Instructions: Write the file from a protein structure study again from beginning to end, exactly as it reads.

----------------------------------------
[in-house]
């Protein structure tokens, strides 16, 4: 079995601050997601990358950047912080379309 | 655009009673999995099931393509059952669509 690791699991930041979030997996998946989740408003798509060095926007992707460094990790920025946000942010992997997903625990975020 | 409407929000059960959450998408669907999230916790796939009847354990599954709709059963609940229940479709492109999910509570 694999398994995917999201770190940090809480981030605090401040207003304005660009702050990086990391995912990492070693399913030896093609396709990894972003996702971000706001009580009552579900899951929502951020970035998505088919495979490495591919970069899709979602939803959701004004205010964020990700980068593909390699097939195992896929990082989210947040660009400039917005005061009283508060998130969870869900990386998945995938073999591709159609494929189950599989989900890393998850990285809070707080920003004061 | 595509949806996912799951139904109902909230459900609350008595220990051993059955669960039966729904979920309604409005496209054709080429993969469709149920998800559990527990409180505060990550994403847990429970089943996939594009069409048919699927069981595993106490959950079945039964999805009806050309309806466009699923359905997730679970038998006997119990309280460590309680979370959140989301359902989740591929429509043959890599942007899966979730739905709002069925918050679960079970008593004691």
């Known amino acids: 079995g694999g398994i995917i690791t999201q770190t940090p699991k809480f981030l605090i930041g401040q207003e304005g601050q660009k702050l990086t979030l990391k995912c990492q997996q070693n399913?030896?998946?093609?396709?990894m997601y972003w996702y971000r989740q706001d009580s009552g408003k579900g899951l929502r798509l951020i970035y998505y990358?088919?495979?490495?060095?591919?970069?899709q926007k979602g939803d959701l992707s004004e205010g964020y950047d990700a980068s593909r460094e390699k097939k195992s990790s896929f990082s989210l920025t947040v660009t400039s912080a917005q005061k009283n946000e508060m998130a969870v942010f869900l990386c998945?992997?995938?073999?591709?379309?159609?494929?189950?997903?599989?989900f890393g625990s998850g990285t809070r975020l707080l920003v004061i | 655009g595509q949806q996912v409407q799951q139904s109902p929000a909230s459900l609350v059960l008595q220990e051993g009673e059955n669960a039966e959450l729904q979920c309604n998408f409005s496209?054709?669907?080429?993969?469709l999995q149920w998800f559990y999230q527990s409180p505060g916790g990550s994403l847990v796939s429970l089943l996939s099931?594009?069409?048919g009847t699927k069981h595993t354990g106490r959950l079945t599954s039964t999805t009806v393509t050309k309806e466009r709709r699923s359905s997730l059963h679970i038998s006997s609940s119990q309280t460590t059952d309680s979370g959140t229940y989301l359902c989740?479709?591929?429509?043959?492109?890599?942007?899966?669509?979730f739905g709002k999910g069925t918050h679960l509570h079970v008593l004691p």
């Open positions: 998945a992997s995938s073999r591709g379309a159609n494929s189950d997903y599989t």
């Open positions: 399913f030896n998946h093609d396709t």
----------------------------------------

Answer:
[in-house]
């Protein structure tokens, strides 16, 4: 079995601050997601990358950047912080379309 | 655009009673999995099931393509059952669509 690791699991930041979030997996998946989740408003798509060095926007992707460094990790920025946000942010992997997903625990975020 | 409407929000059960959450998408669907999230916790796939009847354990599954709709059963609940229940479709492109999910509570 694999398994995917999201770190940090809480981030605090401040207003304005660009702050990086990391995912990492070693399913030896093609396709990894972003996702971000706001009580009552579900899951929502951020970035998505088919495979490495591919970069899709979602939803959701004004205010964020990700980068593909390699097939195992896929990082989210947040660009400039917005005061009283508060998130969870869900990386998945995938073999591709159609494929189950599989989900890393998850990285809070707080920003004061 | 595509949806996912799951139904109902909230459900609350008595220990051993059955669960039966729904979920309604409005496209054709080429993969469709149920998800559990527990409180505060990550994403847990429970089943996939594009069409048919699927069981595993106490959950079945039964999805009806050309309806466009699923359905997730679970038998006997119990309280460590309680979370959140989301359902989740591929429509043959890599942007899966979730739905709002069925918050679960079970008593004691």
């Known amino acids: 079995g694999g398994i995917i690791t999201q770190t940090p699991k809480f981030l605090i930041g401040q207003e304005g601050q660009k702050l990086t979030l990391k995912c990492q997996q070693n399913?030896?998946?093609?396709?990894m997601y972003w996702y971000r989740q706001d009580s009552g408003k579900g899951l929502r798509l951020i970035y998505y990358?088919?495979?490495?060095?591919?970069?899709q926007k979602g939803d959701l992707s004004e205010g964020y950047d990700a980068s593909r460094e390699k097939k195992s990790s896929f990082s989210l920025t947040v660009t400039s912080a917005q005061k009283n946000e508060m998130a969870v942010f869900l990386c998945?992997?995938?073999?591709?379309?159609?494929?189950?997903?599989?989900f890393g625990s998850g990285t809070r975020l707080l920003v004061i | 655009g595509q949806q996912v409407q799951q139904s109902p929000a909230s459900l609350v059960l008595q220990e051993g009673e059955n669960a039966e959450l729904q979920c309604n998408f409005s496209?054709?669907?080429?993969?469709l999995q149920w998800f559990y999230q527990s409180p505060g916790g990550s994403l847990v796939s429970l089943l996939s099931?594009?069409?048919g009847t699927k069981h595993t354990g106490r959950l079945t599954s039964t999805t009806v393509t050309k309806e466009r709709r699923s359905s997730l059963h679970i038998s006997s609940s119990q309280t460590t059952d309680s979370g959140t229940y989301l359902c989740?479709?591929?429509?043959?492109?890599?942007?899966?669509?979730f739905g709002k999910g069925t918050h679960l509570h079970v008593l004691p």
């Open positions: 998945a992997s995938s073999r591709g379309a159609n494929s189950d997903y599989t």
């Open positions: 399913f030896n998946h093609d396709t």